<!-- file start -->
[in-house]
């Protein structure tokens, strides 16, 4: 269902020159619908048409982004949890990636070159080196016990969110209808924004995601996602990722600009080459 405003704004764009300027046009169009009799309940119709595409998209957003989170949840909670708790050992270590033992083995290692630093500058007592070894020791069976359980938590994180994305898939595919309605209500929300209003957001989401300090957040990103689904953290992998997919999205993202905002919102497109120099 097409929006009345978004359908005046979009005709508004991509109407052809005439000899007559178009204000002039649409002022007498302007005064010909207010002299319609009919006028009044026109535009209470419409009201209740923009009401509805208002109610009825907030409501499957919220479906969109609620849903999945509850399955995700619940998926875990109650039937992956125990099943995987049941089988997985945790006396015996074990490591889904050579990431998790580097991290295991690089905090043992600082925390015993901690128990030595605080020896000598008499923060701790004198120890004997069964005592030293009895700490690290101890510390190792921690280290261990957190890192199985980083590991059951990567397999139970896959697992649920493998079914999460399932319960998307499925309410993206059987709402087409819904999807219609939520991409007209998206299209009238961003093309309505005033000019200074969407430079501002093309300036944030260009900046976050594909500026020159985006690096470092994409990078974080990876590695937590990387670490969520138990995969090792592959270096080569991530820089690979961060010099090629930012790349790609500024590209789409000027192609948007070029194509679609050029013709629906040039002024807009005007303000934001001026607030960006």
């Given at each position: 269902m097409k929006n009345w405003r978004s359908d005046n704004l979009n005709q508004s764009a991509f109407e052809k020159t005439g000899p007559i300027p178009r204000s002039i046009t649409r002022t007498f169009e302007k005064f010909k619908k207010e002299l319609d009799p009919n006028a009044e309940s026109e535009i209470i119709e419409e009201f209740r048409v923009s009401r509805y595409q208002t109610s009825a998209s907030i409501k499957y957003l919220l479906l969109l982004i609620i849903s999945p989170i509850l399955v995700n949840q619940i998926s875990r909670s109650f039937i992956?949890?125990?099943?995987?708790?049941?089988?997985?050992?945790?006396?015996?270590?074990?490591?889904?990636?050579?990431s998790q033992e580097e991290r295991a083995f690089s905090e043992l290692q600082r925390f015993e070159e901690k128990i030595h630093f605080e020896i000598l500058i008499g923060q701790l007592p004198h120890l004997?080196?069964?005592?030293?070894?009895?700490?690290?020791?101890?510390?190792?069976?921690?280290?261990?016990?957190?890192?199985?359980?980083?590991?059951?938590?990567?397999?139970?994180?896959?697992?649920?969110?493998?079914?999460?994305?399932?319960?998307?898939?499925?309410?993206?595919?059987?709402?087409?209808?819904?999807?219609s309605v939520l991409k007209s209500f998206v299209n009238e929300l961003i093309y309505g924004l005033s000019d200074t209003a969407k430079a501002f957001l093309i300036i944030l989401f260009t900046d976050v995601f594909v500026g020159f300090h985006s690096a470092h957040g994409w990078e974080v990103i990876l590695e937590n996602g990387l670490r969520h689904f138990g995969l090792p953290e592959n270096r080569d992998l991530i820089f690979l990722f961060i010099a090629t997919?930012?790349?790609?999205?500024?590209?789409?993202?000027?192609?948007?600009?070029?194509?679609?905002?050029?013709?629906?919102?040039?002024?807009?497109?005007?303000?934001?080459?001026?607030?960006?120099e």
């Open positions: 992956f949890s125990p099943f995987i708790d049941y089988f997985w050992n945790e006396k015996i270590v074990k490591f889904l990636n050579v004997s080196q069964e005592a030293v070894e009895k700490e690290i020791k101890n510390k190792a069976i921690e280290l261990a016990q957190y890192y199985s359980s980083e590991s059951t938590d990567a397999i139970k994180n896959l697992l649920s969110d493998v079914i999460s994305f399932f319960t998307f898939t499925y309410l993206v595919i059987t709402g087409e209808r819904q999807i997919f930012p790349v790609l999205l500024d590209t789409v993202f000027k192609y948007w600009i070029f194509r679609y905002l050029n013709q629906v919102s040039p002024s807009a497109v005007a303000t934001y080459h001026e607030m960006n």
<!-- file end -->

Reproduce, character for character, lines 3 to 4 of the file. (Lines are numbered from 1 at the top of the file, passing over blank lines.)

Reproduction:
């Given at each position: 269902m097409k929006n009345w405003r978004s359908d005046n704004l979009n005709q508004s764009a991509f109407e052809k020159t005439g000899p007559i300027p178009r204000s002039i046009t649409r002022t007498f169009e302007k005064f010909k619908k207010e002299l319609d009799p009919n006028a009044e309940s026109e535009i209470i119709e419409e009201f209740r048409v923009s009401r509805y595409q208002t109610s009825a998209s907030i409501k499957y957003l919220l479906l969109l982004i609620i849903s999945p989170i509850l399955v995700n949840q619940i998926s875990r909670s109650f039937i992956?949890?125990?099943?995987?708790?049941?089988?997985?050992?945790?006396?015996?270590?074990?490591?889904?990636?050579?990431s998790q033992e580097e991290r295991a083995f690089s905090e043992l290692q600082r925390f015993e070159e901690k128990i030595h630093f605080e020896i000598l500058i008499g923060q701790l007592p004198h120890l004997?080196?069964?005592?030293?070894?009895?700490?690290?020791?101890?510390?190792?069976?921690?280290?261990?016990?957190?890192?199985?359980?980083?590991?059951?938590?990567?397999?139970?994180?896959?697992?649920?969110?493998?079914?999460?994305?399932?319960?998307?898939?499925?309410?993206?595919?059987?709402?087409?209808?819904?999807?219609s309605v939520l991409k007209s209500f998206v299209n009238e929300l961003i093309y309505g924004l005033s000019d200074t209003a969407k430079a501002f957001l093309i300036i944030l989401f260009t900046d976050v995601f594909v500026g020159f300090h985006s690096a470092h957040g994409w990078e974080v990103i990876l590695e937590n996602g990387l670490r969520h689904f138990g995969l090792p953290e592959n270096r080569d992998l991530i820089f690979l990722f961060i010099a090629t997919?930012?790349?790609?999205?500024?590209?789409?993202?000027?192609?948007?600009?070029?194509?679609?905002?050029?013709?629906?919102?040039?002024?807009?497109?005007?303000?934001?080459?001026?607030?960006?120099e």
């Open positions: 992956f949890s125990p099943f995987i708790d049941y089988f997985w050992n945790e006396k015996i270590v074990k490591f889904l990636n050579v004997s080196q069964e005592a030293v070894e009895k700490e690290i020791k101890n510390k190792a069976i921690e280290l261990a016990q957190y890192y199985s359980s980083e590991s059951t938590d990567a397999i139970k994180n896959l697992l649920s969110d493998v079914i999460s994305f399932f319960t998307f898939t499925y309410l993206v595919i059987t709402g087409e209808r819904q999807i997919f930012p790349v790609l999205l500024d590209t789409v993202f000027k192609y948007w600009i070029f194509r679609y905002l050029n013709q629906v919102s040039p002024s807009a497109v005007a303000t934001y080459h001026e607030m960006n």